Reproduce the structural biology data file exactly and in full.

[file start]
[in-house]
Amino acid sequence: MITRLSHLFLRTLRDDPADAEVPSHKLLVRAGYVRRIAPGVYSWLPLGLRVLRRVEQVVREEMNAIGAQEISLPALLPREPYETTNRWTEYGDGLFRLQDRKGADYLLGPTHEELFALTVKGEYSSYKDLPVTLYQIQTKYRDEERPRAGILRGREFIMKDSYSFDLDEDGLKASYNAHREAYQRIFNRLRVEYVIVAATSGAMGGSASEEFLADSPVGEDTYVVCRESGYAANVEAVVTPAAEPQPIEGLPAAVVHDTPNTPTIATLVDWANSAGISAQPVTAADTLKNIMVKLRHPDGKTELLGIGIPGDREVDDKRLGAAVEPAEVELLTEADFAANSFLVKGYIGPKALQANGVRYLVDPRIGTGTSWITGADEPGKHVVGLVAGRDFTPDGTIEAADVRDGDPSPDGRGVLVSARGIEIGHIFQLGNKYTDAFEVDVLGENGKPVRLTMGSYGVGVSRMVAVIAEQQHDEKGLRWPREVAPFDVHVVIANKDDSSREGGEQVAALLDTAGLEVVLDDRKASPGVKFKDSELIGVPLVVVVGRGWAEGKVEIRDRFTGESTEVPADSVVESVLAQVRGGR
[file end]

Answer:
[in-house]
Amino acid sequence: MITRLSHLFLRTLRDDPADAEVPSHKLLVRAGYVRRIAPGVYSWLPLGLRVLRRVEQVVREEMNAIGAQEISLPALLPREPYETTNRWTEYGDGLFRLQDRKGADYLLGPTHEELFALTVKGEYSSYKDLPVTLYQIQTKYRDEERPRAGILRGREFIMKDSYSFDLDEDGLKASYNAHREAYQRIFNRLRVEYVIVAATSGAMGGSASEEFLADSPVGEDTYVVCRESGYAANVEAVVTPAAEPQPIEGLPAAVVHDTPNTPTIATLVDWANSAGISAQPVTAADTLKNIMVKLRHPDGKTELLGIGIPGDREVDDKRLGAAVEPAEVELLTEADFAANSFLVKGYIGPKALQANGVRYLVDPRIGTGTSWITGADEPGKHVVGLVAGRDFTPDGTIEAADVRDGDPSPDGRGVLVSARGIEIGHIFQLGNKYTDAFEVDVLGENGKPVRLTMGSYGVGVSRMVAVIAEQQHDEKGLRWPREVAPFDVHVVIANKDDSSREGGEQVAALLDTAGLEVVLDDRKASPGVKFKDSELIGVPLVVVVGRGWAEGKVEIRDRFTGESTEVPADSVVESVLAQVRGGR